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This chapter is from the book

This chapter is from the book

C++ Arithmetic Operators

Perhaps you have warm memories of doing arithmetic drills in grade school. You can give that same pleasure to your computer. C++ uses operators to do arithmetic. It provides operators for five basic arithmetic calculations: addition, subtraction, multiplication, division, and taking the modulus. Each of these operators uses two values (called operands) to calculate a final answer. Together, the operator and its operands constitute an expression. For example, consider the following statement:

int wheels = 4 + 2;

The values 4 and 2 are operands, the + symbol is the addition operator, and 4 + 2 is an expression whose value is 6.

Here are C++'s five basic arithmetic operators:

  • The + operator adds its operands. For example, 4 + 20 evaluates to 24.

  • The - operator subtracts the second operand from the first. For example, 12 - 3 evaluates to 9.

  • The * operator multiplies its operands. For example, 28 * 4 evaluates to 112.

  • The / operator divides its first operand by the second. For example, 1000 / 5 evaluates to 200. If both operands are integers, the result is the integer portion of the quotient. For example, 17 / 3 is 5, with the fractional part discarded.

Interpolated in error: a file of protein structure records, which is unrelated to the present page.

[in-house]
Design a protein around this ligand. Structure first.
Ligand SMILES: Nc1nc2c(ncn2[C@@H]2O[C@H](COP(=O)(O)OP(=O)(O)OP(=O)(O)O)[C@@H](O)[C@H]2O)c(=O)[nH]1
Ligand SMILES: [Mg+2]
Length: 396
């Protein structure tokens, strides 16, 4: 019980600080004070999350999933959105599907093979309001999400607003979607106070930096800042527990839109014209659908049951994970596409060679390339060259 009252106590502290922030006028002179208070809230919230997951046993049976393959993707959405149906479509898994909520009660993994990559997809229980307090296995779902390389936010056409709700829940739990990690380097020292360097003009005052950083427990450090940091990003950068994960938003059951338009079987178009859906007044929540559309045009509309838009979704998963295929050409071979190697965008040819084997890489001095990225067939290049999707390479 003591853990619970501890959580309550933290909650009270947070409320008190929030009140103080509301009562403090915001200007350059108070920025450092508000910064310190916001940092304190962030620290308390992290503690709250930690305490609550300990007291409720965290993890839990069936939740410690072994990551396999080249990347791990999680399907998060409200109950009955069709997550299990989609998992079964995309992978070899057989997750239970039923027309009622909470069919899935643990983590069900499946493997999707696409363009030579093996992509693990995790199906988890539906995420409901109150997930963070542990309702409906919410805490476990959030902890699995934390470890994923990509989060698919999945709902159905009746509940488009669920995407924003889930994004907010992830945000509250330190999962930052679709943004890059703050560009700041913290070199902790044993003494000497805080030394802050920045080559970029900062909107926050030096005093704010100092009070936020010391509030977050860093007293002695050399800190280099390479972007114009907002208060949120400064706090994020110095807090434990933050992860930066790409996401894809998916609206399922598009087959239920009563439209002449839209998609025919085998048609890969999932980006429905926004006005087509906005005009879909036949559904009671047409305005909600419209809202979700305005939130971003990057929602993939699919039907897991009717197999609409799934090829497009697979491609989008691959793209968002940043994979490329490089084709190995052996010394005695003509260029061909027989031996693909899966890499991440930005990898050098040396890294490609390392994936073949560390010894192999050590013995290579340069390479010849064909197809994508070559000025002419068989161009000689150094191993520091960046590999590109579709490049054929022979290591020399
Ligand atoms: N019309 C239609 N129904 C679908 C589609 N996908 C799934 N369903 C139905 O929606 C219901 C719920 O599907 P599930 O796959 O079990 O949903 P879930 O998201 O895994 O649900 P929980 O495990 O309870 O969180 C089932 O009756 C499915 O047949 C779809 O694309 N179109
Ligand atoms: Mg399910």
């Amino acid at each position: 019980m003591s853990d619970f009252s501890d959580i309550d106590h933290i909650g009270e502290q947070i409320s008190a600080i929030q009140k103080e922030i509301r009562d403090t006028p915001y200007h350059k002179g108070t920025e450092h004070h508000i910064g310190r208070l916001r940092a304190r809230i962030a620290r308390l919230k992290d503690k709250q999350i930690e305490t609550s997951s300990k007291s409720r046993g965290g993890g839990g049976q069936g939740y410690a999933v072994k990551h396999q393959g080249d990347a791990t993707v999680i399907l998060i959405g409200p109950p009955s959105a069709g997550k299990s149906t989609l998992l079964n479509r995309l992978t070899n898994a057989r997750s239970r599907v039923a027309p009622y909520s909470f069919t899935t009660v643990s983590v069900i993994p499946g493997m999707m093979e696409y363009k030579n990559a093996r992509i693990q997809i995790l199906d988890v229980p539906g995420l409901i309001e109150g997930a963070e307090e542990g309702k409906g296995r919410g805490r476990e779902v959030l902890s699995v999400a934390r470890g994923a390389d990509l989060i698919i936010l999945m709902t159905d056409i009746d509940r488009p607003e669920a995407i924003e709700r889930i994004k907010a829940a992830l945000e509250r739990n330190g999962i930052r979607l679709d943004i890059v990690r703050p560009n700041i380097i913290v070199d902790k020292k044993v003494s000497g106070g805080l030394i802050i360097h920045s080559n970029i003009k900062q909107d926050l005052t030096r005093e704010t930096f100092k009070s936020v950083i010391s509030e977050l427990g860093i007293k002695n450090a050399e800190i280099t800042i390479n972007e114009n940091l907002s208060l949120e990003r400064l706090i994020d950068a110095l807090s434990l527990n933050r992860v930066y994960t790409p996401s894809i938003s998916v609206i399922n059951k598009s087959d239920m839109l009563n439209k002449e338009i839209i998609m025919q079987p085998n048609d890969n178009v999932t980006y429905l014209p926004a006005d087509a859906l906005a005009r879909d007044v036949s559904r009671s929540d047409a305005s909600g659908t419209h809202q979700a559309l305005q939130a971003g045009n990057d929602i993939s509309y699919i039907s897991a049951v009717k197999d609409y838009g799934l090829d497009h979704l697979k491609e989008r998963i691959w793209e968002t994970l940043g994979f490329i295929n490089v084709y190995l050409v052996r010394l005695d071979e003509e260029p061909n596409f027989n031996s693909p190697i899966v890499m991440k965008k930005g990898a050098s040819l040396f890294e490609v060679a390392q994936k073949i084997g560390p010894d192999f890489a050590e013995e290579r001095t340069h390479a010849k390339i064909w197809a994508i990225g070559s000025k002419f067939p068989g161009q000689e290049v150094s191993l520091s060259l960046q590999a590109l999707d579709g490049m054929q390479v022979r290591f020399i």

• The % operator finds the modulus of its first operand with respect to the second. That is, it produces the remainder of dividing the first by the second. For example, 19 % 6 is 1 because 6 goes into 19 three times, with a remainder of 1. Both operands must be integer types; using the % operator with floating-point values causes a compile-time error. If one of the operands is negative, the sign of the result depends on the implementation.

Of course, you can use variables as well as constants for operands. Listing 3.10 does just that. Because the % operator works only with integers, we'll leave it for a later example.

Listing 3.10 arith.cpp

// arith.cpp -- some C++ arithmetic
#include <iostream>
int main()
{
  using namespace std;
  float hats, heads;

  cout.setf(ios_base::fixed, ios_base::floatfield); // fixed-point
  cout << "Enter a number: ";
  cin >> hats;
  cout << "Enter another number: ";
  cin >> heads;

  cout << "hats = " << hats << "; heads = " << heads << endl;
  cout << "hats + heads = " << hats + heads << endl;
  cout << "hats - heads = " << hats - heads << endl;
  cout << "hats * heads = " << hats * heads << endl;
  cout << "hats / heads = " << hats / heads << endl;
  return 0;
}

Compatibility Note

If your compiler does not accept the ios_base forms in setf(), try using the older ios forms instead; that is, substitute ios::fixed for ios_base::fixed, etc.